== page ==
Updated at 6:20 p.m.
Viacom's second quarter earnings jumped on increased profits from its media networks, exceeding analyst's expectations.
The company said it expected ad sales to remain strong next quarter and is planning some changes in the way it sells commercial time to monetize ratings increases at some of its networks.
Net earnings were $376 million, or 63 cents per share, up 53% from $245 million, or 40 cents a share, in last year's second quarter.
Revenues rose 20% to $3.3 billion.
"The investments we've made in the research and programming over the past several years are paying off in the form of strengthened brands and hit programming that are attracting growing audiences in the U.S. and around the globe." ," said CEO Philippe Dauman during the company's earnings conference call with analysts Thursday. "This entertainment content is also finding fresh audiences on a growing number of new platforms that carry our content, audiences that our advertising partners find increasingly difficult to reach. As we look ahead to the advertising upfront, we are very well positioned to capitalize on the tremendous ratings growth and compelling programming slates we have to offer, particularly on our major networks."
Operating income for Viacom's media networks group, which includes MTV, Nickelodeon and Comedy Central, rose 13$ to $806 million. Programming expenses rose 8%. Tom Dooley, Viacom's COO , said he expected programming expenses to grow between 7.5& and 8% for the full year.
Revenues for the media networks unit were up 11% to $2.1 billion, reflecting a 12% increase in advertising revenues. Domestic ad sales were up 11%, reflecting last year's strong upfront and higher rates in the scatter market. Affiliate revenue grew 9% to $851 million. Ancillary revenues were up 10% to $155 million mainly because of TV syndication sales and consumer product revenue.
Dauman said he expects domestic ad revenue to increase again next quarter, partly because Nickelodeon's Kids Choice awards, which took place in the second quarter last year, will air in the third quarter this year.
In the upfront market for 2011-12, "we are looking forward to significant year-over-year gains in both volume and pricing," Dauman said. He said that last year, the company wasn't in position to monetize the "phenomenal" and "broadcast-size ratings" to top shows on networks like MTV are generating. "And now we can. And we intend to do so for future seasons of those shows."
MTV has traditionally sold commercial time on a daypart basis, rather than show by show. In response to a question from Sanford Bernstein analyst Michael Nathanson, Dooley said that is changing to some degree.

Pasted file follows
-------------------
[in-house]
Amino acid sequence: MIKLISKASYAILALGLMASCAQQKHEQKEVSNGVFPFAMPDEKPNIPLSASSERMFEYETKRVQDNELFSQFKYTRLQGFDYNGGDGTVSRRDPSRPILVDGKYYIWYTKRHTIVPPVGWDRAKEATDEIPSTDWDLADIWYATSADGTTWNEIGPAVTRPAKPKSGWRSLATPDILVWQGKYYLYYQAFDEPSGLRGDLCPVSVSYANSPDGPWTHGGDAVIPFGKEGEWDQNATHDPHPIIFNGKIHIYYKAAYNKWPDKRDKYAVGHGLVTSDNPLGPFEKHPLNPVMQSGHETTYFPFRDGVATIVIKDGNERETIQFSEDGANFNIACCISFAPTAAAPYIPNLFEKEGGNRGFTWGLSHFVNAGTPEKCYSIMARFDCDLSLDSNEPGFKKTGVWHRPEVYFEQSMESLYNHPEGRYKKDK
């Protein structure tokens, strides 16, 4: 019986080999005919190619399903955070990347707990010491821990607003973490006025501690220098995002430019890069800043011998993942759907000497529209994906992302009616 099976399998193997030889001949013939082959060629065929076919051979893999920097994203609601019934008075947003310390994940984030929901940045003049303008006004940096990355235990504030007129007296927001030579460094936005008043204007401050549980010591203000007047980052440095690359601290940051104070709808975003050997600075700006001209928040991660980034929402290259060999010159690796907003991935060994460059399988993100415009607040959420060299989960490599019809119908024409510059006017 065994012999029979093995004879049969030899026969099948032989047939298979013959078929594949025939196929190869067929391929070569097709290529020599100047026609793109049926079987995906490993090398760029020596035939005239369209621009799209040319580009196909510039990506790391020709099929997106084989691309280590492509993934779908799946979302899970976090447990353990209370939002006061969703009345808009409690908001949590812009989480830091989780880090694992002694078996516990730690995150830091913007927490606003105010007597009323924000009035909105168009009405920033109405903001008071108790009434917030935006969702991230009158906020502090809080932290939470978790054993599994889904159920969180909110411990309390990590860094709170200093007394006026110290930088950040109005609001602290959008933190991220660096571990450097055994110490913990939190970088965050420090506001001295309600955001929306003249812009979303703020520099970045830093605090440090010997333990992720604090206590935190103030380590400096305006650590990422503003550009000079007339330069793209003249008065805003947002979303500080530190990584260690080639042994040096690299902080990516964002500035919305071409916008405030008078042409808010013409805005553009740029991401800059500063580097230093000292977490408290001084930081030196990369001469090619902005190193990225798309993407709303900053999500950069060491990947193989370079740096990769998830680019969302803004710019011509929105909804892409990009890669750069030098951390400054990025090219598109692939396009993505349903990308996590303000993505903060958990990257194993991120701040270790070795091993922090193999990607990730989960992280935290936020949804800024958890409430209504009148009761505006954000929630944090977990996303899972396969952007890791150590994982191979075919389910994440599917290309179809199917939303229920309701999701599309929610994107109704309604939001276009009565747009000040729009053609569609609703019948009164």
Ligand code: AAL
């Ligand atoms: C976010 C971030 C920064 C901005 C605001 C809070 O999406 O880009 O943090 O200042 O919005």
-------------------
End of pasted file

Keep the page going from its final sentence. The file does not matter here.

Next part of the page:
"We're delivering one of the sweetest audiences that you can get out there so we're looking for pricing, and we are modifying some of the ways we sell and working with advertisers and innovative ways to package our advertising portfolio to get the most value out of it for us and provide the most value to the advertisers who want to buy into those shows. So we are shifting it around," Dooley said. "We haven't dramatically changed the way we sell, but we are working with different advertisers in different ways to maximize revenues for us and the benefit for them."
Dauman also said the kids upfront is underway and the market is robust.
Viacom made $15 million in equity income from investments, most of which came from its stake in Epix. Meanwhile the amount of revenue coming in from Netflix and Hulu "is not that significant," according to Dooley.
Viacom will be increasing the capital it is returning to shareholders. It repurchased $500 million in stock during the second quarter, $100 more than planned, according to Dauman. He said the company plans to complete the majority of its $4 billion buyback programs by the end of fiscal 2011. He said he also intends to ask the board of directors to increase the dividend it pays to stockholders.
Viacom stock rose $1.78 to close at $50.63 Thursday and analysts gave positive reviews to the company's performance.
"We see remarkably robust double-digit gains across virtually all core media networks, film and ancillary businesses, likely accelerating momentum into [the second half]," said Tuna Amobi, analyst at Standard & Poor's. " We note steadfast execution of $4B share buyback plan, with potential near-term dividend increase also conceivable. Morning call should help set tone for spring's likely solid cable TV upfront, coming off MTV's palpable ratings rebound in core demos."
Bernstein's Nathanson said that "given the company's continued ratings strength and a continuing rebound in the ad economy, we believe there is still upside for the stock with further multiple expansion and higher earnings revisions ahead. We would expect consensus earnings to rise after today's earnings release and remain confident that ad growth will remain in the double digits into next quarter."
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